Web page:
Constipation, sweating, and dry mouth are some of the rare but possible side effects of isradipine. This eMedTV segment lists more common isradipine side effects and explains which ones are potentially serious and require immediate medical attention.
  • Side Effects of Lisinopril
    While side effects of lisinopril often require no treatment, some are more serious. This eMedTV article lists common side effects seen with the drug, rare side effects, and side effects that you should report immediately to your healthcare provider.
  • Side Effects of Perindopril
    Sexual side effects, back pain, and indigestion are among the possible side effects of perindopril. This eMedTV page lists other possible side effects seen with this medicine, including serious ones that require medical attention, such as fainting spells.
  • Side Effects of Propranolol XL
    Common side effects of propranolol XL include constipation, fatigue, and dizziness. This article from the eMedTV site lists other possible side effects, including potentially serious problems that require immediate medical attention.
  • Side Effects of Quinaretic
    Common side effects of Quinaretic include such things as fatigue, headache, and a cough. This eMedTV article discusses common and rare side effects of Quinaretic, along with details about serious health problems associated with the drug.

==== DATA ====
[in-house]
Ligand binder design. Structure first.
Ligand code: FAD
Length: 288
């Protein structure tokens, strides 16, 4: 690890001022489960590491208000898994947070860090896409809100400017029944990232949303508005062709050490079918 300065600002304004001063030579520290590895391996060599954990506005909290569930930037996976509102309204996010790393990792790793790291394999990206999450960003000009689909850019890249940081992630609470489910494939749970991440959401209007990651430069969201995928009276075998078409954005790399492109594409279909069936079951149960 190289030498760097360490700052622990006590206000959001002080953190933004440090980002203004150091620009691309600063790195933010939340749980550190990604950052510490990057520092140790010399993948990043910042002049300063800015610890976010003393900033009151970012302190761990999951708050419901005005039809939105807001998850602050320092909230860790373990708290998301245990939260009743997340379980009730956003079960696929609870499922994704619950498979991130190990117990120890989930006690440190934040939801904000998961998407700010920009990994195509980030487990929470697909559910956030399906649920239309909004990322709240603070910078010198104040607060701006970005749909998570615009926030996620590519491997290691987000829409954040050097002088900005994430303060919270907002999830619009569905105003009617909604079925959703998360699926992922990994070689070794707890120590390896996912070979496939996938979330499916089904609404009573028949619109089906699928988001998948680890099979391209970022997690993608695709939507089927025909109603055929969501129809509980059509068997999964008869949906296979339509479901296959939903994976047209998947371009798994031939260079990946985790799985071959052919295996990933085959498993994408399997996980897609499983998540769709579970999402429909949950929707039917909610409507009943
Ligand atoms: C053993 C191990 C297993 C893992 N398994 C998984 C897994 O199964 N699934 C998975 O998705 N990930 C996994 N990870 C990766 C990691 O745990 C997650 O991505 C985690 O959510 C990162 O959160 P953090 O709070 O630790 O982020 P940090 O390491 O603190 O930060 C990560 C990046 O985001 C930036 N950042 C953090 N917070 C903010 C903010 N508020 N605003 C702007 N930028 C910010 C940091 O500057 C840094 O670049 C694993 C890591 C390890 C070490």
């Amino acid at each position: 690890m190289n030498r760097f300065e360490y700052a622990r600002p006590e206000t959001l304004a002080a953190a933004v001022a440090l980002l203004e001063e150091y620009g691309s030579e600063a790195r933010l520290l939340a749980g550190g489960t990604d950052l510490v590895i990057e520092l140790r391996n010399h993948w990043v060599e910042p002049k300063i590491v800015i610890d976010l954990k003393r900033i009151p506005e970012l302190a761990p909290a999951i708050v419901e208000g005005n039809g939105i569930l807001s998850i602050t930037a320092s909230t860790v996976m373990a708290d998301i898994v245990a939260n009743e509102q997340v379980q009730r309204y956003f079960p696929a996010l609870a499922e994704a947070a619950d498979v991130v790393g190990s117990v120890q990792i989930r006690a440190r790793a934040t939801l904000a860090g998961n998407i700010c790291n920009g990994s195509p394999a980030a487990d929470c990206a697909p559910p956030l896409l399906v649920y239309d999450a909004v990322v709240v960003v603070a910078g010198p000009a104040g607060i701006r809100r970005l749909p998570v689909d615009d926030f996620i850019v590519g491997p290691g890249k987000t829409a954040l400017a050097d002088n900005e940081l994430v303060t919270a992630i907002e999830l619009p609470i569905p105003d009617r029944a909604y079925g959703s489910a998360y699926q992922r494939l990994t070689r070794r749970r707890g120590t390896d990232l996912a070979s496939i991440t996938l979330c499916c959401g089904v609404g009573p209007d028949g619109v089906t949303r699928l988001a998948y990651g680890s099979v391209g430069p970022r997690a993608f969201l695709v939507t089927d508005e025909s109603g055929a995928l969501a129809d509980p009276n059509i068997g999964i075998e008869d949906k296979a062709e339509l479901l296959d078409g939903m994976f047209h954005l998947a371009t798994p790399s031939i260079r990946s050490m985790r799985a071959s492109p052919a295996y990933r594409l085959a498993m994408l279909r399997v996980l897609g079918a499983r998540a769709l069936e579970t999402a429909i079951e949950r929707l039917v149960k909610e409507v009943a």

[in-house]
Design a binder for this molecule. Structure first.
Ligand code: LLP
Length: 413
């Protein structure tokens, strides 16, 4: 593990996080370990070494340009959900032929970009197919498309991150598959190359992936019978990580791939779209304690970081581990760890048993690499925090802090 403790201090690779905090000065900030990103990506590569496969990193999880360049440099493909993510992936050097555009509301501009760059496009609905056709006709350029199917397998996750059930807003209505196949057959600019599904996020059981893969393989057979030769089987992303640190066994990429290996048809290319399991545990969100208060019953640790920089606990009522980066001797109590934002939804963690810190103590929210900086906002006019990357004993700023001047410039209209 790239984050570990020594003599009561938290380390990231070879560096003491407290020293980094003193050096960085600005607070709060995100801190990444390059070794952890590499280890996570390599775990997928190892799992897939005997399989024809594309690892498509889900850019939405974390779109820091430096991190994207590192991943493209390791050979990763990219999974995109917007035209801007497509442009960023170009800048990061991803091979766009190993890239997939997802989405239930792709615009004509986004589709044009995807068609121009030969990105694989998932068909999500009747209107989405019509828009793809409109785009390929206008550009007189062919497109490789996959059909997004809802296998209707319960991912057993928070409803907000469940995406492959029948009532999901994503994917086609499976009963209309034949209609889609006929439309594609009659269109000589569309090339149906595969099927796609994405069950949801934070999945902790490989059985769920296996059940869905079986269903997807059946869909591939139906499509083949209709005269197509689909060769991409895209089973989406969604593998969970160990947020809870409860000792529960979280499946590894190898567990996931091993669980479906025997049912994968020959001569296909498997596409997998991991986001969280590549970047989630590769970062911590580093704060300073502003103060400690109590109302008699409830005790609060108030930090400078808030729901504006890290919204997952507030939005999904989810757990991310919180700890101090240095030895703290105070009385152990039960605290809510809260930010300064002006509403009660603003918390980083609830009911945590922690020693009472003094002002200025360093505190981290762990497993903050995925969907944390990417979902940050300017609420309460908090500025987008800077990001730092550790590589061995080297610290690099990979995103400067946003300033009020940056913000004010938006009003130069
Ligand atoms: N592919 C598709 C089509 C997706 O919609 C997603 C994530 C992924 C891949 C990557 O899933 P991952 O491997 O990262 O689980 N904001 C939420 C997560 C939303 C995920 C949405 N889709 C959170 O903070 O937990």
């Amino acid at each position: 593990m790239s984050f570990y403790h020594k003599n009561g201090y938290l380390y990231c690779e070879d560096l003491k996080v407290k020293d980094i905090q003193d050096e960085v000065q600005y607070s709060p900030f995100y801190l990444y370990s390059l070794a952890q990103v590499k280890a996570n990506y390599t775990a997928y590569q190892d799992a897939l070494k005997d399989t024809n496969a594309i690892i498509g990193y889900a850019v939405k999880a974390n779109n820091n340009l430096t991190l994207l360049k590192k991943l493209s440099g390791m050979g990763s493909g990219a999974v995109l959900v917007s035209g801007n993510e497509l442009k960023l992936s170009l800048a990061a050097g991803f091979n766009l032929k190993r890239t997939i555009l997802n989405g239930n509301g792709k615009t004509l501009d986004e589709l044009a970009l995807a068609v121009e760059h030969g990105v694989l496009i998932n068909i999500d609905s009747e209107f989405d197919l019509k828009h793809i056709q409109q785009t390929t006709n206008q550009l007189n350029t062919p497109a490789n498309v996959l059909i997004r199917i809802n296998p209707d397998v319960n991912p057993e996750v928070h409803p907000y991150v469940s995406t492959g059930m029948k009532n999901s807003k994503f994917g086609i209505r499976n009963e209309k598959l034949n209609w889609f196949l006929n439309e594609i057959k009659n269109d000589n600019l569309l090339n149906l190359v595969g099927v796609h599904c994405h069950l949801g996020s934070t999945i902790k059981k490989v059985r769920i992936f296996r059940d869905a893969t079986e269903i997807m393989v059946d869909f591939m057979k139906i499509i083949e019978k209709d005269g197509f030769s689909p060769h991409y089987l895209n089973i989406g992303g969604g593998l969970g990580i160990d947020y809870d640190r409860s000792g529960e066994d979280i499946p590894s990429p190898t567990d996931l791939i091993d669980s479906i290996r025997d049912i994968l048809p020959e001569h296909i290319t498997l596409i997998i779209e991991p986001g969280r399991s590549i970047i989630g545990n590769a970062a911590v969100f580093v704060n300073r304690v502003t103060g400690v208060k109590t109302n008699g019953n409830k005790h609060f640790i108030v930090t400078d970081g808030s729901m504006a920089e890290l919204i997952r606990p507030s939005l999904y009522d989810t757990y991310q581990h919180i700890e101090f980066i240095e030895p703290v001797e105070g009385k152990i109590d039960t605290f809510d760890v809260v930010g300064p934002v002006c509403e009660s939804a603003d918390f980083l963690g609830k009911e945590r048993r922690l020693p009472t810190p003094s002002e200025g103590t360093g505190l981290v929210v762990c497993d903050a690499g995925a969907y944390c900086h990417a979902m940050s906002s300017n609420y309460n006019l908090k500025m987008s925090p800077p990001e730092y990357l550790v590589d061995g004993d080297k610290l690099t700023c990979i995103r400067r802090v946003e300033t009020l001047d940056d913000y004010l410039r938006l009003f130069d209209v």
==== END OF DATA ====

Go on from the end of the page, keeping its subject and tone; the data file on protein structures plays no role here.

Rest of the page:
• Side Effects of Toporol
    This eMedTV page lists some side effects of Toprol-XL -- including examples of common and rare side effects of the drug -- and provides a link to more detailed information. Side effects of Toporol is a common misspelling of side effects of Toprol-XL.
  • Side Effects of Toporol XL
    People taking Toprol-XL may experience a number of side effects, such as dizziness or tiredness. This eMedTV segment covers a few of the side effects of this drug. Side effects of Toporol XL is a common misspelling of side effects of Toprol-XL.
  • Side Effects of Toprol-XL
    Slow heart rate, tiredness, and dizziness are a few common side effects of Toprol-XL. This eMedTV resource takes an in-depth look at many side effects seen with this drug, including those you should report to your healthcare provider.
  • Side Effects of Torsemide